In a rapidly changing world, MADE in Germany examines the risks and benefits of digitalization and its impact on the way we work, what we earn and how we live. The program also investigates the ethics of business, and showcases young entrepreneurs who are redefining the workplace. Instead of just crunching the numbers, MADE delves deeper into issues and also explores the emotional side to stories.
DW style guru Gerhard Elfers recommends steering clear of cheap suits, if possible. His advice is to buy good quality garments secondhand or when they’re on offer. But if you do have a cheap suit, all is not lost.
Single-use plastic bags are illegal in Bangladesh, but they’re often used anyway because there’s no clear substitute for them. Now a researcher has managed to turn jute into a material that looks very similar, but is completely biodegradable.
Germany needs expertise from abroad, and a big hurdle for foreigners trying to apply for work there is getting recognition for qualifications received abroad. Tarek Khouli’s degree from Syria was finally accepted by the authorities.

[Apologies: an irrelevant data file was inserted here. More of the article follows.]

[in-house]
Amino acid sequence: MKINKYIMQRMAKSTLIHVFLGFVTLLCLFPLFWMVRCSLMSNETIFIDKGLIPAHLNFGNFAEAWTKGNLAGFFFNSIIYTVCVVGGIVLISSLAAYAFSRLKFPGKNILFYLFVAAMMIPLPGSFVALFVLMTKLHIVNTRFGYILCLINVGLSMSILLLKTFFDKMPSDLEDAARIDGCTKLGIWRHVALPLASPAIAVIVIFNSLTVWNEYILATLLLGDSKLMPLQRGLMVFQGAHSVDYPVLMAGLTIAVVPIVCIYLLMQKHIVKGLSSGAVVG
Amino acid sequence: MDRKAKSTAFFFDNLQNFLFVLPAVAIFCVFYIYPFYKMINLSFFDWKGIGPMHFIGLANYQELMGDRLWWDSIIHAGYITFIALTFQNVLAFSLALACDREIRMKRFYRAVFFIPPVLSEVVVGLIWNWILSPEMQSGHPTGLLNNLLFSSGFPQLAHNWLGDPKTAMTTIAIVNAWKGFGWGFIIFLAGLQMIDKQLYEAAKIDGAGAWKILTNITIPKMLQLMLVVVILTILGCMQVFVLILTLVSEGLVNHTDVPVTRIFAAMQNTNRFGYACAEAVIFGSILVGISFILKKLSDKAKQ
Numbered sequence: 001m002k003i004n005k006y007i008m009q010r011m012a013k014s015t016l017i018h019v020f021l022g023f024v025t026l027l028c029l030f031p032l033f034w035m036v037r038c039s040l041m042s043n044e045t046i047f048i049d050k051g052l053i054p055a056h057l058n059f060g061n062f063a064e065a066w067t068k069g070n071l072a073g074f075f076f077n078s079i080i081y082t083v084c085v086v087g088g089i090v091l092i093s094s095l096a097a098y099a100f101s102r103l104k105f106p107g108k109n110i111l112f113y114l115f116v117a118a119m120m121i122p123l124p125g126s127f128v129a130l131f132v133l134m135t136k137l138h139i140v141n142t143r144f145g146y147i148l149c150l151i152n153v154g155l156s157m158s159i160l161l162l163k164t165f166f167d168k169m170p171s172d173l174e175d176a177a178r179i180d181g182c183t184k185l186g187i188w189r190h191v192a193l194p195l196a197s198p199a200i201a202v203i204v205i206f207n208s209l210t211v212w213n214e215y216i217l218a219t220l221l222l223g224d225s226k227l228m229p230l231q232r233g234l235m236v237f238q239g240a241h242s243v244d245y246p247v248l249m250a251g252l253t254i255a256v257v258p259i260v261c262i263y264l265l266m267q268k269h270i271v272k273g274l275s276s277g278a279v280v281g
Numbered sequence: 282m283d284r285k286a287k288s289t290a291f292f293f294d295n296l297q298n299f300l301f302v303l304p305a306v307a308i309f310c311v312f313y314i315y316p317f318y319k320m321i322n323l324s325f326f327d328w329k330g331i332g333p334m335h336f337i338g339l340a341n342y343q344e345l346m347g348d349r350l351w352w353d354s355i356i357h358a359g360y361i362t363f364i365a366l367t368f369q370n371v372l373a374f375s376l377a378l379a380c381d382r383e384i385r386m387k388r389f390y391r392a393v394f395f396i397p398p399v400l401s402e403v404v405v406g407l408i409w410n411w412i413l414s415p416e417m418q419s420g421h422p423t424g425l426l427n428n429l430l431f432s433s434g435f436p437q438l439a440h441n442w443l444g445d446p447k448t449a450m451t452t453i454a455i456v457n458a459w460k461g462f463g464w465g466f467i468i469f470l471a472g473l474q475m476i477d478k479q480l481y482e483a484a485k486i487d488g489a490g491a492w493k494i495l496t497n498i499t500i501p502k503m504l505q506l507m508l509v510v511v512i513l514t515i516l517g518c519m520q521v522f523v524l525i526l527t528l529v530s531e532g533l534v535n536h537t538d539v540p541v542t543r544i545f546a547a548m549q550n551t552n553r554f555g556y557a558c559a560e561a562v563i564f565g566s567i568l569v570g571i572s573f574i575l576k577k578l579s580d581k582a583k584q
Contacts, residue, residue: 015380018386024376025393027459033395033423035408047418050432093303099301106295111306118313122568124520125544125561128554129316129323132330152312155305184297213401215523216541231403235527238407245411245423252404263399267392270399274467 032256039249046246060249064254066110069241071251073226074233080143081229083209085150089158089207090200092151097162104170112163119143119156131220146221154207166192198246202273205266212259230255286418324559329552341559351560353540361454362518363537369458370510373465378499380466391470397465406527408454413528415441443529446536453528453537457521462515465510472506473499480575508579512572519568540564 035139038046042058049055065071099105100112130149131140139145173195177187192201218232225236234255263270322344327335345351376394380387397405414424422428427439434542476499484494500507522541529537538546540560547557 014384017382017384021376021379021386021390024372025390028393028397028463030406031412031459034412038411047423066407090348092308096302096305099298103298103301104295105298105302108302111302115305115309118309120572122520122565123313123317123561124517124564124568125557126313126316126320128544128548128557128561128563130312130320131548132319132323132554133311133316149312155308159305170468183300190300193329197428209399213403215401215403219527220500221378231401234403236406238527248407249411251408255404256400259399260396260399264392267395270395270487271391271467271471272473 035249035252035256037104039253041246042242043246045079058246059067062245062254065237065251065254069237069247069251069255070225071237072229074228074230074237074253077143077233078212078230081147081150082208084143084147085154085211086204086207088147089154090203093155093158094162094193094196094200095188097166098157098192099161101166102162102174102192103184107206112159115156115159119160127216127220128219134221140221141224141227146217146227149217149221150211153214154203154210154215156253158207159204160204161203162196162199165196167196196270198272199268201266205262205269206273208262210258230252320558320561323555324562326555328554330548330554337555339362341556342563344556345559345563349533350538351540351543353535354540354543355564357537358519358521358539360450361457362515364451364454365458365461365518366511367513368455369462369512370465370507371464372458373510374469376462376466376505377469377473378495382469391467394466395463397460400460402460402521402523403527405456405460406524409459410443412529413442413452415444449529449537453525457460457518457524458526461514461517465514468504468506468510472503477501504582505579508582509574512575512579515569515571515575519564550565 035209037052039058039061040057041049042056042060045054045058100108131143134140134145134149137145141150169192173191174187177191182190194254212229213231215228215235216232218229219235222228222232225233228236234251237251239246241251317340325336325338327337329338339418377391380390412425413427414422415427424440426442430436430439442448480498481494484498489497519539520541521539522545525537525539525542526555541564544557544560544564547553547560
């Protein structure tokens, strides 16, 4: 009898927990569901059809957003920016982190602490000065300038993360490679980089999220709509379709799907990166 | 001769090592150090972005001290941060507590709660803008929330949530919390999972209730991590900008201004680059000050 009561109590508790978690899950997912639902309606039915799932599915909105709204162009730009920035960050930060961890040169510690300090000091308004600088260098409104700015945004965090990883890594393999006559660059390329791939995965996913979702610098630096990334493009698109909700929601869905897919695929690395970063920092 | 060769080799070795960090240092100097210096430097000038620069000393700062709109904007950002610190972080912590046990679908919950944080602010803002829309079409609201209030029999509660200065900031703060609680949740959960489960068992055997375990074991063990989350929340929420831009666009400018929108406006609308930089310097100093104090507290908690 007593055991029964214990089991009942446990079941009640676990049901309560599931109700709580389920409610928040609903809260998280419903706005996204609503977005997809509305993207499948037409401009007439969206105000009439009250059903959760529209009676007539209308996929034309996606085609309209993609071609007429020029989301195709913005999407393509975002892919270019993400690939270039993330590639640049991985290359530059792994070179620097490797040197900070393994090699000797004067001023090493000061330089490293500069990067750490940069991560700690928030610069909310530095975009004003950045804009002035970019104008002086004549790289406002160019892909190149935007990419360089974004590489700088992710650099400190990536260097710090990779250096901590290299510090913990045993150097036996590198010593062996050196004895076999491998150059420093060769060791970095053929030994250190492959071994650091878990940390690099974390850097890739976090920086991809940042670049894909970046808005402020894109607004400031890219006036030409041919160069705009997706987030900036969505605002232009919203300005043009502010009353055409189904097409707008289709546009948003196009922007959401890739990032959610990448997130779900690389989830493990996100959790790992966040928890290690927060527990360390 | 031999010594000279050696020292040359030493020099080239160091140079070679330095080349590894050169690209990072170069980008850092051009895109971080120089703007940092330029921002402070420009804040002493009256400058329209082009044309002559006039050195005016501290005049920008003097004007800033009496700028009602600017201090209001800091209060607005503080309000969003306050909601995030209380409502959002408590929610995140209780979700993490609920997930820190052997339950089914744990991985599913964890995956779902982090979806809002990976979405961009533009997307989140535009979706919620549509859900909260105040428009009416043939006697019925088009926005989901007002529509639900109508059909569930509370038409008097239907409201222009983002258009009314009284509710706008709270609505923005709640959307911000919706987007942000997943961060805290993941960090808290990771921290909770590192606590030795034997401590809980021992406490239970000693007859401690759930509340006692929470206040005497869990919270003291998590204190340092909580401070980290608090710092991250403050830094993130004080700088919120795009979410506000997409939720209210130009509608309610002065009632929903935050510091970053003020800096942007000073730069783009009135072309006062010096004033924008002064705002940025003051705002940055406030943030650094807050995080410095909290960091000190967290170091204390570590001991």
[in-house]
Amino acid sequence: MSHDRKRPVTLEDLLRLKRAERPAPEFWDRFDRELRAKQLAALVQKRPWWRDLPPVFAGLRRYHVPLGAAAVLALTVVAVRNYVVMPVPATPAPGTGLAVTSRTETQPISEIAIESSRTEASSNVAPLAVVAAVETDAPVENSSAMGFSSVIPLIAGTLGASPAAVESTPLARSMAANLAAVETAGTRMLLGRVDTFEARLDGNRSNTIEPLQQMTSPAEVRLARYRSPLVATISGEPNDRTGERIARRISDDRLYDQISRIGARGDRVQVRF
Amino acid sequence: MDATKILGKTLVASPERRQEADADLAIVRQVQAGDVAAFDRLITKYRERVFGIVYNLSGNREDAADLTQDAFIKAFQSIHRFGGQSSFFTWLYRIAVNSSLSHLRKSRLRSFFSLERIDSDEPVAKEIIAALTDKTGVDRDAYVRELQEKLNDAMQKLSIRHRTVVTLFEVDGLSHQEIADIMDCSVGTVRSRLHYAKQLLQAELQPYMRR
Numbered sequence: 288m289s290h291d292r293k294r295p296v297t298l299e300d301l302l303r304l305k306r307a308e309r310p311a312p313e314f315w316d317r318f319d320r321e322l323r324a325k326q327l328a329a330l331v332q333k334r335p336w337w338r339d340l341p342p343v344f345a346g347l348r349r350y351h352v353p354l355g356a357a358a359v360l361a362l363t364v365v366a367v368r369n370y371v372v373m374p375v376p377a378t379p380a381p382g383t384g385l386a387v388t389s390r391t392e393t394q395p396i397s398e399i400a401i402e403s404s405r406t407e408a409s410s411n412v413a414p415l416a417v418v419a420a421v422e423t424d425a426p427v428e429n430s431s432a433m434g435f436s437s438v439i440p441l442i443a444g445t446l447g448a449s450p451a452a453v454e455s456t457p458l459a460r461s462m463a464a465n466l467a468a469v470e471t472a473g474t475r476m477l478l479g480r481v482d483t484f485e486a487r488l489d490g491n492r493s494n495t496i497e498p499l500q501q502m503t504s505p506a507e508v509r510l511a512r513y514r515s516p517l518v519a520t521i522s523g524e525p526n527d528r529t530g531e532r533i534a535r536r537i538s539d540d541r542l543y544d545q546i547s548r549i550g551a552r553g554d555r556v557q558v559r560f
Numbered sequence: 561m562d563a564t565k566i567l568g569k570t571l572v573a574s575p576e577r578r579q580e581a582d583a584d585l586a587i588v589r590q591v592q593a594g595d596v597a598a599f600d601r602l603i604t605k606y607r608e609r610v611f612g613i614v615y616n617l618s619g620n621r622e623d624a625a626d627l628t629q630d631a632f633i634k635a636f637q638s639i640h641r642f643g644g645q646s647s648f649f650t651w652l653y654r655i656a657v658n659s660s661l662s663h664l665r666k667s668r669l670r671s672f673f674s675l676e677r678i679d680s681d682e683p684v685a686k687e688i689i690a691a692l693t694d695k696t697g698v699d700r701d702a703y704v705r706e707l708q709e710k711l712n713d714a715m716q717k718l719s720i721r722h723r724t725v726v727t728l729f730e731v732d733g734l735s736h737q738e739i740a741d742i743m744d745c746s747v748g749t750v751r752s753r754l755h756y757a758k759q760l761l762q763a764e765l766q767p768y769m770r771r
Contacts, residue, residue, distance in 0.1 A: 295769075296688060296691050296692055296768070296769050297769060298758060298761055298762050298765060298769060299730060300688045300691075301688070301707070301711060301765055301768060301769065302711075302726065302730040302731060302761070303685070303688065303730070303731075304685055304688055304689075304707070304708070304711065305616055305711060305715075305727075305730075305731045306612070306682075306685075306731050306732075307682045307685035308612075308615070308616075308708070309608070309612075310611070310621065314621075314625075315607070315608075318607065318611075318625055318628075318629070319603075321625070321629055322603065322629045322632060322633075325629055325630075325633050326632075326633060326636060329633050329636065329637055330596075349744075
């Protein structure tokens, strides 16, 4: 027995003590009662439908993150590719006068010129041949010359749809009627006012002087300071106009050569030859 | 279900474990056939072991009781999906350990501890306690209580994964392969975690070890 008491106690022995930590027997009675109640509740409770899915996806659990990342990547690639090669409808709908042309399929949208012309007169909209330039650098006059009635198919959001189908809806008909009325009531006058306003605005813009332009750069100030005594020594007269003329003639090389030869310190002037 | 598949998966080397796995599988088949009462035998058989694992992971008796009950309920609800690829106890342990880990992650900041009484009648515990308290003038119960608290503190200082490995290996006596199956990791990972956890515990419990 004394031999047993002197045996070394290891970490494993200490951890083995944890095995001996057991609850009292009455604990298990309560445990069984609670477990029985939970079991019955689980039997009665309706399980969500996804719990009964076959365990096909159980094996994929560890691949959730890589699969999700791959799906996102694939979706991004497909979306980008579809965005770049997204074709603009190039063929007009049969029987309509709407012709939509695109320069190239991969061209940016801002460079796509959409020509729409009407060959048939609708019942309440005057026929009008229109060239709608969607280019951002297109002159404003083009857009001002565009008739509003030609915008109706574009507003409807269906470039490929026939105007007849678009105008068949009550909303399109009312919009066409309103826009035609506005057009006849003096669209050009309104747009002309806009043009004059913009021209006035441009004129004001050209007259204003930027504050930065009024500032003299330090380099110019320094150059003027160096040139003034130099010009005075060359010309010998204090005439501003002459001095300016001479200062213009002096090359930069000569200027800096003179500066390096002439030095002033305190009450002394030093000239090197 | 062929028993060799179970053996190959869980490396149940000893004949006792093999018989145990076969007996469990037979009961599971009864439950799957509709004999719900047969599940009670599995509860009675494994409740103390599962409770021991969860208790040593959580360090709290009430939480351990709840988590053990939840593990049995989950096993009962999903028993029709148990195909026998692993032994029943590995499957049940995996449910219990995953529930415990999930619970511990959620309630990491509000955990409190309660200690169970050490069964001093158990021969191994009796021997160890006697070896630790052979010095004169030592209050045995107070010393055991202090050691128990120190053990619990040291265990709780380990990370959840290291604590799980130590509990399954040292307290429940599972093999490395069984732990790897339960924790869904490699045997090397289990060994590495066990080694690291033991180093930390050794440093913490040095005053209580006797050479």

Inventions like computers and telephones took time to change societies. What are the earmarks of a groundbreaking invention? MADE takes a closer look at a few products that fundamentally altered our world – and the people who profited from them.
EVs are so quiet they can be dangerous, so the EU is requiring an acoustic warning device. The buzzing noise they produce is less thrilling than the roar of a combustion engine sports car. Sound designers are working on fake authentic sounds.
The construction industry is booming in Germany right now. But many firms are having a hard time finding workers who are masters of their trade. What might persuade more young people to become craft workers?